Cape Town continues to exhibit a booming residential property market, with the CBD in particular seeing exponential growth in the last year. This is according to Brendan Miller, head of Lew Geffen Sotheby’s International Realty Atlantic Seaboard branch, who spoke to Fin24 earlier this week.

Miller says central Cape Town saw 682 residential property sales between January 2014 and June 2015, totalling around R1.093-billion. The average price of an apartment in the CBD now sits at R1.6-million, but Miller expects that will increase dramatically towards the end of next year when several new developments around the city move from planning to transfer phase.

There are several factors driving property prices continually upwards in Cape Town, says Miller, one of which is investor confidence in the growth trajectory of the CBD. There are also new residential and commercial developments popping up all the time, and commuters are ‘simply no longer prepared to waste time in traffic – even if this means cutting back on living space and sacrificing “luxuries” such as gardens.’ It’s an interesting take on the choices many of us make when deciding where to live. I, for one, would be very happy to give up a garden or a pool if it meant I could get an extra 20 minutes in bed each morning.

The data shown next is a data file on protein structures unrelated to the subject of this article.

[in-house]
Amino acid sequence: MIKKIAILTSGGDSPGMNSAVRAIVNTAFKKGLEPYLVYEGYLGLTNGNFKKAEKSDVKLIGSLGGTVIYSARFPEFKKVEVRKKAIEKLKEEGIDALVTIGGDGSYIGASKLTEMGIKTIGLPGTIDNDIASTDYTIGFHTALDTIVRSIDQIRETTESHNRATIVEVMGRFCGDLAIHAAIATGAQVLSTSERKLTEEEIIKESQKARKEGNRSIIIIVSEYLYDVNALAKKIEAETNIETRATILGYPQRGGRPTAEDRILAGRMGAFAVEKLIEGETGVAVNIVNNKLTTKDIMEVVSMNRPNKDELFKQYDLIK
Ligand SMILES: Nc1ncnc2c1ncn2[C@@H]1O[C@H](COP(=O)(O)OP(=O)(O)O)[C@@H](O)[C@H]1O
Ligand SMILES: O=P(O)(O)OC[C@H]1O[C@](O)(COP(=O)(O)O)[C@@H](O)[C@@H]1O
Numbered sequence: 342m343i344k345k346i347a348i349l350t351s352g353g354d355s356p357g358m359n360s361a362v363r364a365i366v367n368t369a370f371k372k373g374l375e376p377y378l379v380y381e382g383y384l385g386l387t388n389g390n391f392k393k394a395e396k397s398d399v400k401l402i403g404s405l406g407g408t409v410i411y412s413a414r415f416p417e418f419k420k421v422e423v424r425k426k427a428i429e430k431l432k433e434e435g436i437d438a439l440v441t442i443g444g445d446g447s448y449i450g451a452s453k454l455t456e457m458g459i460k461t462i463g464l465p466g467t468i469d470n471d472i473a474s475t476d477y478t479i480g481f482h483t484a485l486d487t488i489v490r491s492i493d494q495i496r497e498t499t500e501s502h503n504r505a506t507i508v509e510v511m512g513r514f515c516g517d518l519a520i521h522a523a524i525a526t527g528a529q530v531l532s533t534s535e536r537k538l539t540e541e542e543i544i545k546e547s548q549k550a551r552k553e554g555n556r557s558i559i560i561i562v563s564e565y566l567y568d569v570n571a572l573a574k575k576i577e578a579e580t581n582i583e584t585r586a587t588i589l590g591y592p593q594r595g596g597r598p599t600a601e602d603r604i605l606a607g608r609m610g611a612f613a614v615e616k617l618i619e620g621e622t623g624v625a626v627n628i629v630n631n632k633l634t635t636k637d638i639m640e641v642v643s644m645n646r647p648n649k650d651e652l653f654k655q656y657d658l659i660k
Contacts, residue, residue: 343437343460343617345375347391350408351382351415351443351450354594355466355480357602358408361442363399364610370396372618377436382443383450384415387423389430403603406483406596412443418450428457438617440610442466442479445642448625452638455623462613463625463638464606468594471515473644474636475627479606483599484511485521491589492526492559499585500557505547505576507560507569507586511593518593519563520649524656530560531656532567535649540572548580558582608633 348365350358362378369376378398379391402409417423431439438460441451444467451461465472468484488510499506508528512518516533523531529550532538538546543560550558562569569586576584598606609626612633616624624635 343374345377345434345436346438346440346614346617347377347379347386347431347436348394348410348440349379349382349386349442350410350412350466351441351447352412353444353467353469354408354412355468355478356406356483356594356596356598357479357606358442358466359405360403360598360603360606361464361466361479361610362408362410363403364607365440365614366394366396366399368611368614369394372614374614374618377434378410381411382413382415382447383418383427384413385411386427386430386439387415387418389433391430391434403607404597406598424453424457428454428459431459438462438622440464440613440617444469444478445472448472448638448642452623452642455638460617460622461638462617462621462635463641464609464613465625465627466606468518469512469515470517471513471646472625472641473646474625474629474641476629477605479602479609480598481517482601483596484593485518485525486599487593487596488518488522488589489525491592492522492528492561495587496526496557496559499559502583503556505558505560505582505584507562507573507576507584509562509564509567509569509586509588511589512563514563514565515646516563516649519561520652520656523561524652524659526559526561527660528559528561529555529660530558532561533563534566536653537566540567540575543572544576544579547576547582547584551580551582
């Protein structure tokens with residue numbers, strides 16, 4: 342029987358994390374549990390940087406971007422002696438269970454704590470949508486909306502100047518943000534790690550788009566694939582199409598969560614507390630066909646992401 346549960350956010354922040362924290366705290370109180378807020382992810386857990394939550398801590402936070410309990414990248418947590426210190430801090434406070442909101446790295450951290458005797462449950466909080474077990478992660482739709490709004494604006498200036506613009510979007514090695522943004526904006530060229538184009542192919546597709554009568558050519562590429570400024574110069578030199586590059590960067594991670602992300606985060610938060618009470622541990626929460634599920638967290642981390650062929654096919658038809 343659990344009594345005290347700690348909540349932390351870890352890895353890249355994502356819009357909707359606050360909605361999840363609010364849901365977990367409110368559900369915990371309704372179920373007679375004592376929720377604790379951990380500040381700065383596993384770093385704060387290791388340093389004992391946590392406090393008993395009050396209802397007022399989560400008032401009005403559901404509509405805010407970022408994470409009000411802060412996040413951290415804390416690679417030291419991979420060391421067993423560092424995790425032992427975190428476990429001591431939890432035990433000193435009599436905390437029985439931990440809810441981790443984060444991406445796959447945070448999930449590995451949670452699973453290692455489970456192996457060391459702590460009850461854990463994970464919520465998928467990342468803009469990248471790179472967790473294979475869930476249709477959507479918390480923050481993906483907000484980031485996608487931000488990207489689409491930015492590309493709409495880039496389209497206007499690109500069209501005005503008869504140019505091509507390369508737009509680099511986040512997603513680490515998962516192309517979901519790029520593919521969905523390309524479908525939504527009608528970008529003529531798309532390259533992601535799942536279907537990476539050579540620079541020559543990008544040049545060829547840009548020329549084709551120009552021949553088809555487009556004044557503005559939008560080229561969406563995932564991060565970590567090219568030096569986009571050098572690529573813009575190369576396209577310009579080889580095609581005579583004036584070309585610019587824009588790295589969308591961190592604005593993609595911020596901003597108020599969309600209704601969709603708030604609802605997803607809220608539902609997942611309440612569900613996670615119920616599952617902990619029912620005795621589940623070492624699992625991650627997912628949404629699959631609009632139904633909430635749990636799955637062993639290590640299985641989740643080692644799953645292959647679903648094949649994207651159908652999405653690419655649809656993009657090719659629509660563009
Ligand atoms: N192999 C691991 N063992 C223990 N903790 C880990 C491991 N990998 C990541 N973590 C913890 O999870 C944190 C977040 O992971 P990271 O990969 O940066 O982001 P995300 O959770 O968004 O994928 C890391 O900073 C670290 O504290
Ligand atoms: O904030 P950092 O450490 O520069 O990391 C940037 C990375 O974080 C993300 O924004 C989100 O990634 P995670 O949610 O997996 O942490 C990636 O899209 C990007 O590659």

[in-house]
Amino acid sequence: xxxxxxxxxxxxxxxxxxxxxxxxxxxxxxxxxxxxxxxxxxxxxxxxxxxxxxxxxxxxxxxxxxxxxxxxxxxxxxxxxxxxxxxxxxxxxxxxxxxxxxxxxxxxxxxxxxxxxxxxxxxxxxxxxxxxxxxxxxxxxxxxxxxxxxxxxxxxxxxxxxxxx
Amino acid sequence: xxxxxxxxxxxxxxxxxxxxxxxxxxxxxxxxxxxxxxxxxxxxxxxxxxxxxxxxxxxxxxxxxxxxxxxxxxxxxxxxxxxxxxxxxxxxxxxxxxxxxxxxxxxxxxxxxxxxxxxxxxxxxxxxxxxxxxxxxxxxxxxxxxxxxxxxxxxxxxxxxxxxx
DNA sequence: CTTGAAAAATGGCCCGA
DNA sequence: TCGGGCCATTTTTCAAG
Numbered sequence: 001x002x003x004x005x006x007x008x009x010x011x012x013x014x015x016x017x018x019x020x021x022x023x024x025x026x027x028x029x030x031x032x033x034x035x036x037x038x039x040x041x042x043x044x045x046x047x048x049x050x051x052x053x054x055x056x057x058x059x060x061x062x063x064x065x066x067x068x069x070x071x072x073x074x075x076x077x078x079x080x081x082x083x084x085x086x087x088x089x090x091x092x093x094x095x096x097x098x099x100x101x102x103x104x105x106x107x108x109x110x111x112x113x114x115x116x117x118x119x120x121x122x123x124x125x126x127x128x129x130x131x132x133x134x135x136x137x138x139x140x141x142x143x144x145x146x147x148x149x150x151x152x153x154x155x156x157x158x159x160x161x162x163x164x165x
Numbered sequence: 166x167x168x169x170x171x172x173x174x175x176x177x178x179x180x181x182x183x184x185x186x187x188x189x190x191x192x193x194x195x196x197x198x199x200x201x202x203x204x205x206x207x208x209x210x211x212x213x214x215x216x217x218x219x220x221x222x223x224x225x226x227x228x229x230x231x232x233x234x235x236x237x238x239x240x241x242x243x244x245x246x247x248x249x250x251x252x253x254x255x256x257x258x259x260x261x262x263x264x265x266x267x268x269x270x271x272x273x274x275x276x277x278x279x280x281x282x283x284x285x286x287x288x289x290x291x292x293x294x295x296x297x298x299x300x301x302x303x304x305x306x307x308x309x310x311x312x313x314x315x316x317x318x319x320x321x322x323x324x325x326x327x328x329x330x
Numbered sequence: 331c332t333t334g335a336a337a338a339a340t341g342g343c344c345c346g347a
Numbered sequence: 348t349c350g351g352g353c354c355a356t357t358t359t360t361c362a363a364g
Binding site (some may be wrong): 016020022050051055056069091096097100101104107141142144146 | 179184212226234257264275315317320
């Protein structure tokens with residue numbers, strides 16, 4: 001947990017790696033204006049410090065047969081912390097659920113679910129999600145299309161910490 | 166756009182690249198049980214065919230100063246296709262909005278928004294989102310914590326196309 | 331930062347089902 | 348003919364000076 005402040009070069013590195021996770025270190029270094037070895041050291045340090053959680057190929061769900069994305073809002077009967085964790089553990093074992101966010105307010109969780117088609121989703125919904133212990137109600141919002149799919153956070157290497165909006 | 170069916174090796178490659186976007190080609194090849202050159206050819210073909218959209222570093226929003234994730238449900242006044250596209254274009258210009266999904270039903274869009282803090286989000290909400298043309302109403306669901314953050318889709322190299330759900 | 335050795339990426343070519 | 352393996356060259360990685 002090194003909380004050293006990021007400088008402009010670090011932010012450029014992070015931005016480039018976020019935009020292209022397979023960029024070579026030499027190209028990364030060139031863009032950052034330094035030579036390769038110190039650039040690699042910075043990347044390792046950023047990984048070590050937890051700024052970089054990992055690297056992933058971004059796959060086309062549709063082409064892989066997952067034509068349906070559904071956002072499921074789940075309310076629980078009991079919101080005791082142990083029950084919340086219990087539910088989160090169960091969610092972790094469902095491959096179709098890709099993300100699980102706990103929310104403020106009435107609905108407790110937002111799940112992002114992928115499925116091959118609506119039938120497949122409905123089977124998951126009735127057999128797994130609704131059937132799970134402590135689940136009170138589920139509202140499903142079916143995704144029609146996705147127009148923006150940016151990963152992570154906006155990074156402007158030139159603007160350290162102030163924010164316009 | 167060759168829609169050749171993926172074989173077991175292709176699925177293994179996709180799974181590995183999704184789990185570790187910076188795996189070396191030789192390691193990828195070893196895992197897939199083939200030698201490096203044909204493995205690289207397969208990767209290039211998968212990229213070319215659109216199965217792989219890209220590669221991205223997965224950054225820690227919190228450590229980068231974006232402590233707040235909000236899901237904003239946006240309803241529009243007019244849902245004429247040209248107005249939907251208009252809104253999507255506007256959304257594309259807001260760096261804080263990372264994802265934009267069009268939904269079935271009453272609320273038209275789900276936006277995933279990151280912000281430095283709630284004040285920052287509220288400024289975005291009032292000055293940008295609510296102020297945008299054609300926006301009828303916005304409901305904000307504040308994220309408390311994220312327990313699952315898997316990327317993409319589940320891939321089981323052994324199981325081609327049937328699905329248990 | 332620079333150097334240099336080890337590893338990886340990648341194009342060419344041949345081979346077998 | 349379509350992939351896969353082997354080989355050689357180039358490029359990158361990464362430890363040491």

cape town cbd

The Cape Cape Town Central City Improvement District’s State of the Central City Report 2014, pegged the overall value of all property in the CBD in 2007/2008 at R5.641-billon. That value has exploded in 2014/2015 to R23.724-billion! Miller says Capetonians are beginning to follow the global trend of handing over the keys to their spacious suburban homes in exchange for the convenience of city living, adding that most properties in the CBD get snapped up by very willing buyers within four to six weeks of going on the market.

So I’d like to say the time is now to buy residential property in the Cape Town CBD, but it almost looks as if that ship has already sailed and we may be too late. Miller says the only way is up for the CBD, and with the City of Cape Town continually planning upgrades and improvements I can’t help but agree. Time to carpe that diem?

Read the full article on Fin24 here.

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